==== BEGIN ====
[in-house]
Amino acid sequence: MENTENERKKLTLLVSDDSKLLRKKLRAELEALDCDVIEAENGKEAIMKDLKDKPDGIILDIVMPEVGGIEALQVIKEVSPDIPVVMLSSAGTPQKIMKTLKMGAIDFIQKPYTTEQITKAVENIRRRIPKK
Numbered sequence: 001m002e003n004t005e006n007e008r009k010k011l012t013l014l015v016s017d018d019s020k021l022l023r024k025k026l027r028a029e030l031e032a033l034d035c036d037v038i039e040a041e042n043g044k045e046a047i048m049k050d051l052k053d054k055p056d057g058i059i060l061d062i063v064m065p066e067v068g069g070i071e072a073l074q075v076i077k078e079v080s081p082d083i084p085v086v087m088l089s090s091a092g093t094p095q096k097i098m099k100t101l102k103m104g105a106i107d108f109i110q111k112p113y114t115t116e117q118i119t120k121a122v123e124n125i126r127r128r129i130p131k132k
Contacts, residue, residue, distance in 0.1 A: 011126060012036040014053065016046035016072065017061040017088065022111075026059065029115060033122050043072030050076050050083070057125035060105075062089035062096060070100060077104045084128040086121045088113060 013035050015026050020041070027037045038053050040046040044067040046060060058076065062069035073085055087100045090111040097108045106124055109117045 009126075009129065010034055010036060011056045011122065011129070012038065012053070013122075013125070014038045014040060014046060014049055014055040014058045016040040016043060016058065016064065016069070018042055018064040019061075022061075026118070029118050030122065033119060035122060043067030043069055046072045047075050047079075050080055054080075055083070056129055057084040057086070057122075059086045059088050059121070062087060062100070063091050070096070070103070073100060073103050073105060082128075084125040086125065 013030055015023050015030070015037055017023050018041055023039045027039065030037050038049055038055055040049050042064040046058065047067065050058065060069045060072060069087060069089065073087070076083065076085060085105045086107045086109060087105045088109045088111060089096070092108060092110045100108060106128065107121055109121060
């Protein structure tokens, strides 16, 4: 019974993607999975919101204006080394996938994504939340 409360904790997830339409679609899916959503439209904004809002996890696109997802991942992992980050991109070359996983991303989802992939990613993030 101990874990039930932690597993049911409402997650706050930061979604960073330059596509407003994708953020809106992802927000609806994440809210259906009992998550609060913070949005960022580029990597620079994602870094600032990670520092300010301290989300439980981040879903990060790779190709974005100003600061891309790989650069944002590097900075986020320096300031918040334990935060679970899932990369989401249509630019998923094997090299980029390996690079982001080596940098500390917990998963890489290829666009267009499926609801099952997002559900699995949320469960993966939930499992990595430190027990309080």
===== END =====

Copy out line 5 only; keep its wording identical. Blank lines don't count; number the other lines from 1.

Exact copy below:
């Protein structure tokens, strides 16, 4: 019974993607999975919101204006080394996938994504939340 409360904790997830339409679609899916959503439209904004809002996890696109997802991942992992980050991109070359996983991303989802992939990613993030 101990874990039930932690597993049911409402997650706050930061979604960073330059596509407003994708953020809106992802927000609806994440809210259906009992998550609060913070949005960022580029990597620079994602870094600032990670520092300010301290989300439980981040879903990060790779190709974005100003600061891309790989650069944002590097900075986020320096300031918040334990935060679970899932990369989401249509630019998923094997090299980029390996690079982001080596940098500390917990998963890489290829666009267009499926609801099952997002559900699995949320469960993966939930499992990595430190027990309080």